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Heaven's My Destination

ISBN-10: 0060088893
ISBN-13: 9780060088897
Edition: 2003
Authors: Thornton Wilder
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Description: Drawing on such unique sources as the author's unpublished letters, business records, and obscure family recollections, Tappan Wilder's Afterword adds a special dimension to the reissue of this hilarious tale about goodness in a fallen world. Meet  More...

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Book details

List price: $14.99
Copyright year: 2003
Publisher: HarperCollins Publishers
Publication date: 9/16/2003
Binding: Paperback
Pages: 240
Size: 5.50" wide x 8.00" long x 0.75" tall
Weight: 0.330
Language: English

Drawing on such unique sources as the author's unpublished letters, business records, and obscure family recollections, Tappan Wilder's Afterword adds a special dimension to the reissue of this hilarious tale about goodness in a fallen world. Meet George Marvin Brush -- Don Quixote come to Main Street in the Great Depression, and one of Thornton Wilder's most memorable characters. George Brush, a traveling textbook salesman, is a fervent religious convert who is determined to lead a good life. With sad and sometimes hilarious consequences, his travels take him through smoking cars, bawdy houses, banks, and campgrounds from Texas to Illinois -- and into the soul of America itself.

One of the most honored and versatile of modern writers, Thornton Wilder combined a career as a successful novelist with work for the theater that made him one of this century's outstanding dramatists. It was an early short novel, however, that first brought him fame. The Bridge of San Luis Rey (1927), a bestseller that won the Pulitzer Prize in 1927, is the story of a group of assorted people who happen to be on a bridge in Peru when it collapses. Ingeniously constructed and rich in its philosophical implications about fate and synchronicity, Wilder's book would seem to be the first well-known example of a formula that has become a cliche in popular literature. His attraction to classical themes is manifested in The Woman of Andros (1930), a tragedy about young love in pre-Christian Greece, and The Ides of March (1948), set in the time of Julius Caesar and told in letters and documents covering a long span of years. Heaven's My Destination (1934), is a seriocomic and picaresque story about a young book salesman traveling through the Midwest during the early years of the Great Depression.Theophilus North (1973), Wilder's last novel, disappointed many reviewers, but it provided its author with opportunities to offer some wry observations on the life of the idle rich in Newport during the summer of 1926 and to ponder in the story of his alter ego what might have happened if Wilder had stayed home, so to speak, instead of becoming Thornton Wilder. As a serious writer of fiction, Wilder's main claim rests on The Eighth Day (1967), an intellectual thriller, which the N.Y. Times called "the most substantial fiction of his career." It won the National Book Award for fiction in 1968.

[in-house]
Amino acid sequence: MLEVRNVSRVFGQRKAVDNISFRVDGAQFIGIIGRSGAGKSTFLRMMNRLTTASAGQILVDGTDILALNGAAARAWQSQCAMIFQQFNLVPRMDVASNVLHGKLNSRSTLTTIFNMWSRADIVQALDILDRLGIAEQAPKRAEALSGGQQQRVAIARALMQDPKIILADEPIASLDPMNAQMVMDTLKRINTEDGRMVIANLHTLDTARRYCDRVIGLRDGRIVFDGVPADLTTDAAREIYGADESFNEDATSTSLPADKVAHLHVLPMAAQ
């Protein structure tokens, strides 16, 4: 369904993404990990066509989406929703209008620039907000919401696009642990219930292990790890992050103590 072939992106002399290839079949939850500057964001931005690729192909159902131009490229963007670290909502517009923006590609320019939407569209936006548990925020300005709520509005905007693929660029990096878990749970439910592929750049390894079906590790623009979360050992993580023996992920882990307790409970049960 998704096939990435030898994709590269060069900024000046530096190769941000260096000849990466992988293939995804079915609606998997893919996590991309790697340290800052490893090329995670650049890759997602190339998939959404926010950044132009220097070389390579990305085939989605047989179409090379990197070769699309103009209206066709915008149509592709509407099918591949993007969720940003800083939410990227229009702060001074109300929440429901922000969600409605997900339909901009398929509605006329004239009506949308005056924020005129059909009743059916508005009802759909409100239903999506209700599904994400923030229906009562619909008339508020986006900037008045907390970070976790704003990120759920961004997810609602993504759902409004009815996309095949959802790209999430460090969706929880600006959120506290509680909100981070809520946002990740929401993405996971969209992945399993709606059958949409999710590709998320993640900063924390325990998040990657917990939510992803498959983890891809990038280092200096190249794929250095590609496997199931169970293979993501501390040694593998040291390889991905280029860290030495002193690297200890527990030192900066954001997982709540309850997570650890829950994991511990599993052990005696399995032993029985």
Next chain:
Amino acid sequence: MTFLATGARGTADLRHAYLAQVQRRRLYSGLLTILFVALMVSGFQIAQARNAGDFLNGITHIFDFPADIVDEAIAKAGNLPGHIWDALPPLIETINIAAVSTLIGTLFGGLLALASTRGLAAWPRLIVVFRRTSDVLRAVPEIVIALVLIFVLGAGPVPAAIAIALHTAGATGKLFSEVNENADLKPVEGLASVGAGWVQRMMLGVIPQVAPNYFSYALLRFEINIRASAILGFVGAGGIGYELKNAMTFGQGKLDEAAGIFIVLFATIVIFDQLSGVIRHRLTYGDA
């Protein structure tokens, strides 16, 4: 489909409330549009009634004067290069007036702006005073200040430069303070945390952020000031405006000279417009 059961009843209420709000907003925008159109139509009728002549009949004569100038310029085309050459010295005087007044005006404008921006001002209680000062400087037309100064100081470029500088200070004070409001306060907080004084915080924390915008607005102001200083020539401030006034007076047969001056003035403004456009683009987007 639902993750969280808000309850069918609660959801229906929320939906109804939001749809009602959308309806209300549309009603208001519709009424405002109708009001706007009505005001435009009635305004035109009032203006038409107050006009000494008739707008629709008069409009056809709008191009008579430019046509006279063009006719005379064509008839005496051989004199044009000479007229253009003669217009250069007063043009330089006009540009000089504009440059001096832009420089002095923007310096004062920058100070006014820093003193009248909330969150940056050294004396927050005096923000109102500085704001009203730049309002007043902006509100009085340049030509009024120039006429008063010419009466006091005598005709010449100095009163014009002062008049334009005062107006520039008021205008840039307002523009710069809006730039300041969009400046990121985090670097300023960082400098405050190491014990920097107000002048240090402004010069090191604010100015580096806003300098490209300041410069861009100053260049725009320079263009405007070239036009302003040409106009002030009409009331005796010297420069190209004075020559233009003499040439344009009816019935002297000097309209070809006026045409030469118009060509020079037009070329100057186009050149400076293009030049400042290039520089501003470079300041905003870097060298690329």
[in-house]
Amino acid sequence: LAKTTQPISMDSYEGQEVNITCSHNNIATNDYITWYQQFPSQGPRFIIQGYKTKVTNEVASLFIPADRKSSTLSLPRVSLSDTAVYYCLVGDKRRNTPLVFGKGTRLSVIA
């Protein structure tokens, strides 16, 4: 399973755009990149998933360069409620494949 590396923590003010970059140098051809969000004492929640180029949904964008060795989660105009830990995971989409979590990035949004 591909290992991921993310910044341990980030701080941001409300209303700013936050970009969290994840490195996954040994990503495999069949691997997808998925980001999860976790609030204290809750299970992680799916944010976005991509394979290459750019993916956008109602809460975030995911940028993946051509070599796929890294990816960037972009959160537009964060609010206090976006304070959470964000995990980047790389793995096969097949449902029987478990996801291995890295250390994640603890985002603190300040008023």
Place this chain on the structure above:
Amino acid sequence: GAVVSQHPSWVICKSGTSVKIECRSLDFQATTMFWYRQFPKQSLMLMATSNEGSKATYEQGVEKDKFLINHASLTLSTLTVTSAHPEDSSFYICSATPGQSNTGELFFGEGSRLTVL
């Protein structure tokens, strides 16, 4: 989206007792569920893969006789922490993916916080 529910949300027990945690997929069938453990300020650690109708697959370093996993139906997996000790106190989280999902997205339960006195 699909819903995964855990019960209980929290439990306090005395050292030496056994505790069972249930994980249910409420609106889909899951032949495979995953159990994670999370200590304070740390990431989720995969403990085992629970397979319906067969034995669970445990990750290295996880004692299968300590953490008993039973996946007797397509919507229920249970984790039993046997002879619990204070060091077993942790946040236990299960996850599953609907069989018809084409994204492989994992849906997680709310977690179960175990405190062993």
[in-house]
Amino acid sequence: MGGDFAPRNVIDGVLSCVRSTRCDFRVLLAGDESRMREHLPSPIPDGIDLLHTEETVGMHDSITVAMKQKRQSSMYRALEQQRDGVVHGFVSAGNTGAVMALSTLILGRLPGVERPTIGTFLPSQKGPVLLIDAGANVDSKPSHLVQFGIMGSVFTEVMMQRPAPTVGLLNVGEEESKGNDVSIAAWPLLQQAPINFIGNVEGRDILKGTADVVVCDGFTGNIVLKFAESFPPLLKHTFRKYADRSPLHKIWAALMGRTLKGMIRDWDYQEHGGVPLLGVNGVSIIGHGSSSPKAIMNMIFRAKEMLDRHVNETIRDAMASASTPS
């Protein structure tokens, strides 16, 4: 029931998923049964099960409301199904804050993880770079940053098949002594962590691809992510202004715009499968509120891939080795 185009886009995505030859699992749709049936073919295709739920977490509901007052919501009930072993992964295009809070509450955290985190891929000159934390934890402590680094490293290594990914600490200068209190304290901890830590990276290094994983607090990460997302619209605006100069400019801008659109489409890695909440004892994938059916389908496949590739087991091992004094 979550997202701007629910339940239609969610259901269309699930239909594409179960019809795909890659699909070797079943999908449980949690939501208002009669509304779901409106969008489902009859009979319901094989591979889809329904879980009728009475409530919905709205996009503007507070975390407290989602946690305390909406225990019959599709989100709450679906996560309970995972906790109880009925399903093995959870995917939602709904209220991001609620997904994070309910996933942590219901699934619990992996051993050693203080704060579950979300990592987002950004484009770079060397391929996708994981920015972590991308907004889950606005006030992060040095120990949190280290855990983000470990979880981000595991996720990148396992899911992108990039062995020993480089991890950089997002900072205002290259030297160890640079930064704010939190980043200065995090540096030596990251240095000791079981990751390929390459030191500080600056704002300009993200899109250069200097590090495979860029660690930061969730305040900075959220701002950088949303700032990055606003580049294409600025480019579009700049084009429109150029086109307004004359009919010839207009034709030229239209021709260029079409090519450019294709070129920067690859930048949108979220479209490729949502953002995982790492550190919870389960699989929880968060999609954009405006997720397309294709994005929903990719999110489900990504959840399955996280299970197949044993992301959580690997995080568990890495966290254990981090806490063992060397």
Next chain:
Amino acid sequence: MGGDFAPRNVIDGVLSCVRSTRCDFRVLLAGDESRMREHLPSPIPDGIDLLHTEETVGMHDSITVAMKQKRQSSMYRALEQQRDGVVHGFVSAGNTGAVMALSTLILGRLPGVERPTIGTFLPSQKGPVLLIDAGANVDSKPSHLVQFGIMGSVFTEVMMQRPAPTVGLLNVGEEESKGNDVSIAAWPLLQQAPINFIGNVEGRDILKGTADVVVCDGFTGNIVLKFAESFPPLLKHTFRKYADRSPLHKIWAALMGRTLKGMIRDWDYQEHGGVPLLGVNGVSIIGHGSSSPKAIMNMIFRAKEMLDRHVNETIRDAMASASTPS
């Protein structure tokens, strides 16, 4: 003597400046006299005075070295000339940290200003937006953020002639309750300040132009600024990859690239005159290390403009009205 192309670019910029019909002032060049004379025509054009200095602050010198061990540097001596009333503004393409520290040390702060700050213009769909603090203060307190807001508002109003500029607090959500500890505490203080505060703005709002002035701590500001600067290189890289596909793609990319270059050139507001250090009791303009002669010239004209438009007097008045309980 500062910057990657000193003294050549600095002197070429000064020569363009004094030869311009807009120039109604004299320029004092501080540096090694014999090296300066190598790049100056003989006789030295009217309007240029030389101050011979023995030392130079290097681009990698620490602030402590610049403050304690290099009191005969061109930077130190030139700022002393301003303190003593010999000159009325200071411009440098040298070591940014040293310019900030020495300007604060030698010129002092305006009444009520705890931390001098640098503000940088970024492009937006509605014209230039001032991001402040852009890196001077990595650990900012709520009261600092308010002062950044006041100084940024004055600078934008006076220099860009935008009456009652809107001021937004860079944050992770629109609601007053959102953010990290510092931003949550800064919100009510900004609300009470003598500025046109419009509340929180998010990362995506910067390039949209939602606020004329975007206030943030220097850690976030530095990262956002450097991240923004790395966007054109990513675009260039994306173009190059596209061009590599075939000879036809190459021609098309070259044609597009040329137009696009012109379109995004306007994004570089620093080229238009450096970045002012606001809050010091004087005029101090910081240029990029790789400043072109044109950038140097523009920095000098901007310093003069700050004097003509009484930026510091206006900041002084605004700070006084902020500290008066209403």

Foreword
George Brush tries to save some souls in Texas and Oklahoma
Doremus Blodgett and Margie McCoy
Thoughts on arriving at the age of twenty-three
Brush draws his savings from the bank
His criminal record: Incarceration No. 2
Oklahoma City
Chiefly conversation
The adventure in the barn
Margie McCoy gives some advice
Good times at Camp Morgan
Dick Roberts' nightmares
Dinner with Mississippi Corey
Further good times at Camp Morgan
Important conversation with a girl named Jessie Mayhew
Dick Roberts' nightmares concluded
George Brush refuses some money
Kansas City
Queenie's boarding-house
First word of Father Pasziewski
George Brush drunk and disorderly
Kansas City
Sunday dinner at Ma Crofut's
More news of Father Pasziewski
A moment of dejection in a Kansas City hospital
Three adventures of varying educational importance: the evangelist; the medium; first steps in ahimsa
Kansas City
The courting of Roberta Weyerhauser
Herb's legacies
Ozarksville, Missouri
Rhoda May Gruber
Mrs. Efrim's hold-up man
George Brush's criminal record: Incarceration No. 3
Ozarksville, Missouri
George Brush meets a great man and learns something of importance about himself
The trial
A road in Missouri
Chiefly conversation, including the account of a religious conversion
George Brush again sins against ahimsa
Kansas City
Serious conversation in a park
A wedding
Practically an American home
George Brush loses something
Last news of Father Pasziewski
Thoughts on arriving at the age of twenty-four
Afterword
Acknowledgments

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